You Can Do This Amazing Thing
Sometimes we fear being taken over by desire: fearful that we will become out of control, obsessed, unrecognizable, arrogant, no longer in control of our destiny… Whatever our personal story is, there can always be something that holds us back.
I have, however, seen many people ruined by sheer lack of desire. Nothing felt interesting enough, or safe enough, or worth their while… Or perhaps they felt that they themselves were unworthy of making full effort, committing, failing, or succeeding. Perhaps the specter of depression haunted so hard, there seemed no room in life for desire. So they ended up parked in front of the television, or in thankless jobs or relationships, or on the streets, or in jail.
There are still others who run full tilt toward desire, living in breathtaking leaps that seem impossible until we see them land on the other side of the canyon. Whether they stumble for a moment, or land with grace doesn’t matter. They make it. Somehow.
Most of us, I would hazard to guess, waffle somewhere in between: we take steps toward desire, and then retreat again to what feels like safety. We get to good enough, but not really satisfaction. We fly for a little while, maybe feel shot down, and have trouble moving forward again. We forget that failure means a chance to learn. People who don’t step toward desire never fail big, but they often end up failing by default. When we fail by default, there isn’t as much of a chance to start over, because there doesn’t seem to be any clear demarcation point where one phase ends and another one begins… unless we decide that today is the day we get up off the couch and try.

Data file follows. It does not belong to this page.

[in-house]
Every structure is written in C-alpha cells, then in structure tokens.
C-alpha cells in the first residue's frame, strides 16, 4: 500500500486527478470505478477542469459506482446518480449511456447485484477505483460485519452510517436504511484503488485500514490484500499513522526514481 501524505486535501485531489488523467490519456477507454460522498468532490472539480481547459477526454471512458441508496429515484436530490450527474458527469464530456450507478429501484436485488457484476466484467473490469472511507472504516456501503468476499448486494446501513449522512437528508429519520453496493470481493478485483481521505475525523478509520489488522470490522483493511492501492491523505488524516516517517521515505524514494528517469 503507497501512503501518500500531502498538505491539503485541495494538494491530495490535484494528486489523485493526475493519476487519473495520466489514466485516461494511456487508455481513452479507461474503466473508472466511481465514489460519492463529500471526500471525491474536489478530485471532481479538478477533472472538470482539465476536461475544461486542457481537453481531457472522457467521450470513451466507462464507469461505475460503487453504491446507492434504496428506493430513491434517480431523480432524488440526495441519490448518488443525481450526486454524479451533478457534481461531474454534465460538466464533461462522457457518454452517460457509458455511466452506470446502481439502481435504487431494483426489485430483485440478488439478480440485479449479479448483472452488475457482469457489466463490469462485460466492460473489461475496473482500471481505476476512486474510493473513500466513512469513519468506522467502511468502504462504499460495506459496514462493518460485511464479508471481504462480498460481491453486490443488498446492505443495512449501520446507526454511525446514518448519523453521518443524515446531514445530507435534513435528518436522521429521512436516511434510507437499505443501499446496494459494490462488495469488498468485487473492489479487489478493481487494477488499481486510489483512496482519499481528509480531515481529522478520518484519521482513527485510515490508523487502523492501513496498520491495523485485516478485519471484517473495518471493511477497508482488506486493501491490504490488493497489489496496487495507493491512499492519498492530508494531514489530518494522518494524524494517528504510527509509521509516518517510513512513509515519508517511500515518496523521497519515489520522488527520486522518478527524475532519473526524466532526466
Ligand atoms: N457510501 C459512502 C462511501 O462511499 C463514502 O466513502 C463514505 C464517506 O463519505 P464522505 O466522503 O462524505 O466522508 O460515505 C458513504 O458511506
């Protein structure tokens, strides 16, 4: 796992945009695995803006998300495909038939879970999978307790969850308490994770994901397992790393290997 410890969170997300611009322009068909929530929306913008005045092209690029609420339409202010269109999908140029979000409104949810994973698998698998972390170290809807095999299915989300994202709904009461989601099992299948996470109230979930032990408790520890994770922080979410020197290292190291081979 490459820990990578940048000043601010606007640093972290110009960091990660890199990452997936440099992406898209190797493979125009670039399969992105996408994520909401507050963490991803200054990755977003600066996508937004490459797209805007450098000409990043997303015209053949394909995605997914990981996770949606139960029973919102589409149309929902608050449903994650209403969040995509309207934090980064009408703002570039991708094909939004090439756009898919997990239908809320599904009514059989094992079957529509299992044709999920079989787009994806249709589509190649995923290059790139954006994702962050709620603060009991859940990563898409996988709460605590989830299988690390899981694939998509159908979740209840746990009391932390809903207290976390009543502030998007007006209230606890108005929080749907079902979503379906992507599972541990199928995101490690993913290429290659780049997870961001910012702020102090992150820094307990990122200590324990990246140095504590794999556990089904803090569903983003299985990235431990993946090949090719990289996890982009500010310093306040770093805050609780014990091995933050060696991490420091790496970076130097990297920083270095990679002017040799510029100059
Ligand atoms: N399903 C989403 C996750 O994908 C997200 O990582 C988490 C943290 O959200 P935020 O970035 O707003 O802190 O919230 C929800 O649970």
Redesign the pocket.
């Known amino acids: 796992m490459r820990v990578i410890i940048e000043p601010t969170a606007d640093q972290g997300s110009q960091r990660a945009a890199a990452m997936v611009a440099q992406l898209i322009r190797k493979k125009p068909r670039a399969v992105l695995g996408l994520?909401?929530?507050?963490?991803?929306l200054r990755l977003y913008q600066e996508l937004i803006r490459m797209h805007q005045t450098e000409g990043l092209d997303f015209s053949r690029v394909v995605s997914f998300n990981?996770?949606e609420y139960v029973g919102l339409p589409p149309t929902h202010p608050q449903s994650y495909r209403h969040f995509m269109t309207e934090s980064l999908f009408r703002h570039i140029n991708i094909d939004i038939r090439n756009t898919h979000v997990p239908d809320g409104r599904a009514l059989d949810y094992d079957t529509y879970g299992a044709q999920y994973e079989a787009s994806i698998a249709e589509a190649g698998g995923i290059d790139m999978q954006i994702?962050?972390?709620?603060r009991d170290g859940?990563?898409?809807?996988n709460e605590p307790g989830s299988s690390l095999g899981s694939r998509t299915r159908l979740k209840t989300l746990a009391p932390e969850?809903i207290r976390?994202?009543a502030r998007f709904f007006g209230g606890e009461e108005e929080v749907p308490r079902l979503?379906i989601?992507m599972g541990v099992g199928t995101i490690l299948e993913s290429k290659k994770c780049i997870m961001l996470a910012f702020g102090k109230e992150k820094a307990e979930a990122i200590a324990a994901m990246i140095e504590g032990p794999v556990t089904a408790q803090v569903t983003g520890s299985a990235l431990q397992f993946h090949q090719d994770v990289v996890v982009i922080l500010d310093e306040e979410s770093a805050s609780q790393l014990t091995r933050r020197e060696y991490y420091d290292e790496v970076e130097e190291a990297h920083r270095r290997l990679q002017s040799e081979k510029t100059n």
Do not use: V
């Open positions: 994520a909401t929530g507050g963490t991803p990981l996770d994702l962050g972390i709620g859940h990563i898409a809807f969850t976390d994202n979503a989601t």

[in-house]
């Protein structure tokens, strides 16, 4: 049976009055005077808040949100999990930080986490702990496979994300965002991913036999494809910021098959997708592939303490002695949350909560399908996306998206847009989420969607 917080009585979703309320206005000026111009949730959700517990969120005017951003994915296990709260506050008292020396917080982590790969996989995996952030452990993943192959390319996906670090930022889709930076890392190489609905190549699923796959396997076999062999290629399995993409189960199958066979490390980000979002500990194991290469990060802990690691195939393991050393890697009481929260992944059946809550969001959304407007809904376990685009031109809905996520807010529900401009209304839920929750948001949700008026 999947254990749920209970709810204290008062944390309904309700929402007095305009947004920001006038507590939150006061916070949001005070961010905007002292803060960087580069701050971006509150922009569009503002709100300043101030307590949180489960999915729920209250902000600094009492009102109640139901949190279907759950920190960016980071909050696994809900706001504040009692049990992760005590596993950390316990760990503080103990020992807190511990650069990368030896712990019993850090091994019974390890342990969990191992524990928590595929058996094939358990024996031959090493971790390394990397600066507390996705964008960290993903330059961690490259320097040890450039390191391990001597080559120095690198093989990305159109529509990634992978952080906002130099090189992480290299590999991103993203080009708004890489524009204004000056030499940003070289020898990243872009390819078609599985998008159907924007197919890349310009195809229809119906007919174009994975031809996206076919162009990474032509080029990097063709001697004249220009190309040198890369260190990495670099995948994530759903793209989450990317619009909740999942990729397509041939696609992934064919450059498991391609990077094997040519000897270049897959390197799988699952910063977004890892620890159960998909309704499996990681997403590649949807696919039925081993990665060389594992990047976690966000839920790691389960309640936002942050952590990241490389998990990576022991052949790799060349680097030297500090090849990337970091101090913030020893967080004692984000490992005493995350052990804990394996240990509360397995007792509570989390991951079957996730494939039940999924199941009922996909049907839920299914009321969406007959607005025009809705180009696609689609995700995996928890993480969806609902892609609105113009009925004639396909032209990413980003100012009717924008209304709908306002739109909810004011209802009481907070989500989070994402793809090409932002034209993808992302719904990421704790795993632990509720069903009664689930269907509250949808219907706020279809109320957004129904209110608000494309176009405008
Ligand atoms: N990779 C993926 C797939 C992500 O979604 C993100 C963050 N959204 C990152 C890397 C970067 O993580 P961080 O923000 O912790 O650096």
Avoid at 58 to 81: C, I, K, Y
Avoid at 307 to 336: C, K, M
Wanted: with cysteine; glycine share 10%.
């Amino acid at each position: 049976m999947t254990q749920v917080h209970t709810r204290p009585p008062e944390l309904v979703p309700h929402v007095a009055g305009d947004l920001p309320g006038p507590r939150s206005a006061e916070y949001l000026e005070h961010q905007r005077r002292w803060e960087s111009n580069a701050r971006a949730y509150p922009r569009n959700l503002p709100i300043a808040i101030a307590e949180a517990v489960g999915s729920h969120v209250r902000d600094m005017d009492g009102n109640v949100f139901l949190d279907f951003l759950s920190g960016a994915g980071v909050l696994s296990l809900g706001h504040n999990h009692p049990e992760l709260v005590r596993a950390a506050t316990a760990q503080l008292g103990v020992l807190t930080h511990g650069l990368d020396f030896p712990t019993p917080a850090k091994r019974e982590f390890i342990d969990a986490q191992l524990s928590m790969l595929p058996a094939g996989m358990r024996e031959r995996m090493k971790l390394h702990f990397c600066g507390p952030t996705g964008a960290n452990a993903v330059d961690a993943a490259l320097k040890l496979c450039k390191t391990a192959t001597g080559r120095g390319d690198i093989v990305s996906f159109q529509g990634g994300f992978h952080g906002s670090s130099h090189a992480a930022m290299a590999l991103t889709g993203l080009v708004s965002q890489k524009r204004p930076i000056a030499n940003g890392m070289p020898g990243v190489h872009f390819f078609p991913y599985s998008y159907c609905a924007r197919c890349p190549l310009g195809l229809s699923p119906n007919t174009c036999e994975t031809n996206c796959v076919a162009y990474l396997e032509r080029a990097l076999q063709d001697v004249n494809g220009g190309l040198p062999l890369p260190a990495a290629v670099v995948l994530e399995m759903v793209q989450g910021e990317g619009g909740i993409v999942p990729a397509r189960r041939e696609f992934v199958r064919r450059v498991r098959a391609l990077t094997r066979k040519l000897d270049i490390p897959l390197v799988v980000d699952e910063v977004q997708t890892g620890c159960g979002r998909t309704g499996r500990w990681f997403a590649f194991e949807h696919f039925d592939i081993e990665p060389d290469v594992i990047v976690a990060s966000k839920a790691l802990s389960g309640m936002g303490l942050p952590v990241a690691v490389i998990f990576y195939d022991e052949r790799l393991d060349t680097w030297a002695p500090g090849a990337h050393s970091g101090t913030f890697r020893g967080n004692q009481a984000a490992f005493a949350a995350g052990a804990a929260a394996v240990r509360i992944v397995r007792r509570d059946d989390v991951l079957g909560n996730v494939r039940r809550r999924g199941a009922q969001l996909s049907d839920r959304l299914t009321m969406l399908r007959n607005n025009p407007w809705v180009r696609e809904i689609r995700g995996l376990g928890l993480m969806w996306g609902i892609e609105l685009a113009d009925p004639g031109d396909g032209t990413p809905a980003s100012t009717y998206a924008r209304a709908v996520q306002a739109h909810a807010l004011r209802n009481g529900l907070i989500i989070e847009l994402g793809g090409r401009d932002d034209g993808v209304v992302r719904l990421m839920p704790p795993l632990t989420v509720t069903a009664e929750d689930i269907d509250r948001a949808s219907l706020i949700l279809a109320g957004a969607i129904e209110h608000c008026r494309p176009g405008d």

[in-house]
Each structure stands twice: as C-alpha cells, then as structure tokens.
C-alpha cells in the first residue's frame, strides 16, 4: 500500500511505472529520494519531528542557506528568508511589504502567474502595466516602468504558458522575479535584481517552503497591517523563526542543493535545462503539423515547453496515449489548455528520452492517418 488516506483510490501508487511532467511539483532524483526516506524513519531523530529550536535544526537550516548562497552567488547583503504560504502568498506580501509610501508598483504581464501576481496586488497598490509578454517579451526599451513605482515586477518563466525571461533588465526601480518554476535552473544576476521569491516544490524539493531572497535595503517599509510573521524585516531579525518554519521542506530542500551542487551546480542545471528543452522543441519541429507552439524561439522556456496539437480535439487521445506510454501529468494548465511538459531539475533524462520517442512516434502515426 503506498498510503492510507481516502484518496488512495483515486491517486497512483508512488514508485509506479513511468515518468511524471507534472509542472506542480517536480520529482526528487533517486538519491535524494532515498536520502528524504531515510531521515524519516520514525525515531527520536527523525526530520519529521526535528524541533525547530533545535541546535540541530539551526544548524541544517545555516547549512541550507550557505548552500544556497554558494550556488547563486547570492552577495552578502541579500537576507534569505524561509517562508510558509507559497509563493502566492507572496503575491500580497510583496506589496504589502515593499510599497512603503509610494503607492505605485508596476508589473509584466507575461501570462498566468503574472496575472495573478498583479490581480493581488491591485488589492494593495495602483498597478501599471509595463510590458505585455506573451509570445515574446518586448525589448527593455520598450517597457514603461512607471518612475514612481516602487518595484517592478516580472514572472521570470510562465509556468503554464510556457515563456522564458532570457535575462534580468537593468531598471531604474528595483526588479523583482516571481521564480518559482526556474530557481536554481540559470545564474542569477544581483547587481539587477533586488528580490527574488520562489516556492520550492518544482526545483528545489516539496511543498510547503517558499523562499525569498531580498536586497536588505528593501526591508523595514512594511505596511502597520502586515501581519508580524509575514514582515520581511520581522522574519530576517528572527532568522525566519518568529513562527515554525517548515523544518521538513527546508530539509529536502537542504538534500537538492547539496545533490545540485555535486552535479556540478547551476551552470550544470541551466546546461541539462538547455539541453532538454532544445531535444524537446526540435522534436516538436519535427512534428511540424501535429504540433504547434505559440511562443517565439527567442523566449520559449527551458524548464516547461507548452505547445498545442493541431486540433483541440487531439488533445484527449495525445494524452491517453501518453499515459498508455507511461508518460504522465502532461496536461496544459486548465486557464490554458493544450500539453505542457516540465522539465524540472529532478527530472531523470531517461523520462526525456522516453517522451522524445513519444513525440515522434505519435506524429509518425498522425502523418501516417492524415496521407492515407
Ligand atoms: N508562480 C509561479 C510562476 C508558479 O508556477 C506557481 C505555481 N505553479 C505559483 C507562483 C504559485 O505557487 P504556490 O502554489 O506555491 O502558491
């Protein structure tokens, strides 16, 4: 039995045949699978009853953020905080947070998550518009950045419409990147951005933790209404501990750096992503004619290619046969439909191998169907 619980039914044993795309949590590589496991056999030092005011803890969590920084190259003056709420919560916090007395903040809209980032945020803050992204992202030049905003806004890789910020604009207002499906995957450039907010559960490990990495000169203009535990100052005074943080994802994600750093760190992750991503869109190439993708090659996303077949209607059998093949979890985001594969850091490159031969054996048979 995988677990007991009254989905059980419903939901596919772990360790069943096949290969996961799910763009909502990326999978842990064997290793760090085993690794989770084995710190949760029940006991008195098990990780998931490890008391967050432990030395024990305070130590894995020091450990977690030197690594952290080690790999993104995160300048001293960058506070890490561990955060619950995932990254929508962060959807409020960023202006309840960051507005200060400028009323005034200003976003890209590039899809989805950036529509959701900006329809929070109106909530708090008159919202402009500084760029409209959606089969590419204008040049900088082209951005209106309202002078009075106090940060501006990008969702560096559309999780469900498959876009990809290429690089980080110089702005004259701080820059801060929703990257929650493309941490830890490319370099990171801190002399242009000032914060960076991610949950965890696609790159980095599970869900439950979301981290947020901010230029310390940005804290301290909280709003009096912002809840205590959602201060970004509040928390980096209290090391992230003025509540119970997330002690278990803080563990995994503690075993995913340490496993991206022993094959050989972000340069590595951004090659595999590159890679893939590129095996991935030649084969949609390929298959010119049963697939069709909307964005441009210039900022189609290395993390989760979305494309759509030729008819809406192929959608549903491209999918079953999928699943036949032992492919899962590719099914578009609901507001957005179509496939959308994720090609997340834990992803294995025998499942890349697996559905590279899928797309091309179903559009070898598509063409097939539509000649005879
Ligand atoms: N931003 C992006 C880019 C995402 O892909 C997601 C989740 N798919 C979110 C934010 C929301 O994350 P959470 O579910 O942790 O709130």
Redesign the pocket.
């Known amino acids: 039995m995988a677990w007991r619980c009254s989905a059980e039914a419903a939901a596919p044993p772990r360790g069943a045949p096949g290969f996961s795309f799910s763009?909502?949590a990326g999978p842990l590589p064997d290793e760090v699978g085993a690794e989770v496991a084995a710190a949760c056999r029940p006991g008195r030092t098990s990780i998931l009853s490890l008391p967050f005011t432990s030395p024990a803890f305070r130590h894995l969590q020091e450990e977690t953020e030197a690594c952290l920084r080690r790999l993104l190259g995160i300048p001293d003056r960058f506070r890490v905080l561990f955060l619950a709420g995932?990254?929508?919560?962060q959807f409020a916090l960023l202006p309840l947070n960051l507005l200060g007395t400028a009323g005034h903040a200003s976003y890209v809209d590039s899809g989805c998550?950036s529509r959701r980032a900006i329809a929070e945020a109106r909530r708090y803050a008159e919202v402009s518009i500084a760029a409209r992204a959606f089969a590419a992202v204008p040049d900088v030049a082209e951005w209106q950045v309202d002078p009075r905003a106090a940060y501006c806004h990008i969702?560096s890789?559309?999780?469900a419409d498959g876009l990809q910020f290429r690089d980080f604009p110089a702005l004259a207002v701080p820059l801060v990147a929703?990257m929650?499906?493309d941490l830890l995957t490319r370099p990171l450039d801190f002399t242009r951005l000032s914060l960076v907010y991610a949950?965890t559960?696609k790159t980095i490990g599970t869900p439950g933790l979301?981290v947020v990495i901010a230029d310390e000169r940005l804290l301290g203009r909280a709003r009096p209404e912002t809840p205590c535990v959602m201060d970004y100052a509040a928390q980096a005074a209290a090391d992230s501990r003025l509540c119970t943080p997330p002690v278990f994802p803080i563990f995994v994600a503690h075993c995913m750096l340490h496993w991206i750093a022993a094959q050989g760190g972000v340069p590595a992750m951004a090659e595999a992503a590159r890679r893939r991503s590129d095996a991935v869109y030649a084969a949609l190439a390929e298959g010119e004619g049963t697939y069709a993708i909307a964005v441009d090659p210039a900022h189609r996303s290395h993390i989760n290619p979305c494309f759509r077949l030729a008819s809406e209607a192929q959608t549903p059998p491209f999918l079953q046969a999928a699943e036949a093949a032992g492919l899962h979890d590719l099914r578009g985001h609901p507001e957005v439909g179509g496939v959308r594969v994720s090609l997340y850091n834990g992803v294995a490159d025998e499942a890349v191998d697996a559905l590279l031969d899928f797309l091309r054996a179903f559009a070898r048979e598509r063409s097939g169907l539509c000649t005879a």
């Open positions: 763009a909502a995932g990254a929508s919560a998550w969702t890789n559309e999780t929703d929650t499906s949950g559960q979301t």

Desire can be focused, but we first need to risk opening to its sexy song. Desire can free us, if we aren’t too attached to the details of that freedom, trusting that the course of life will surprise us with things we could barely imagine as we move along our way.
Are we in jails of our own making? Or are we working at the jobs that pay the bills while being our best shining selves? Are we working at those jobs and simultaneously planting guerilla gardens in abandoned city lots, writing poetry at midnight, raising smart, creative children, or painting sonnets of color with the dawn?
If you’ve failed big, I applaud you. If you’ve missed your mark, I cheer. What I value is the bravery of trying. That means we have another chance today.
What will it take to do this amazing thing?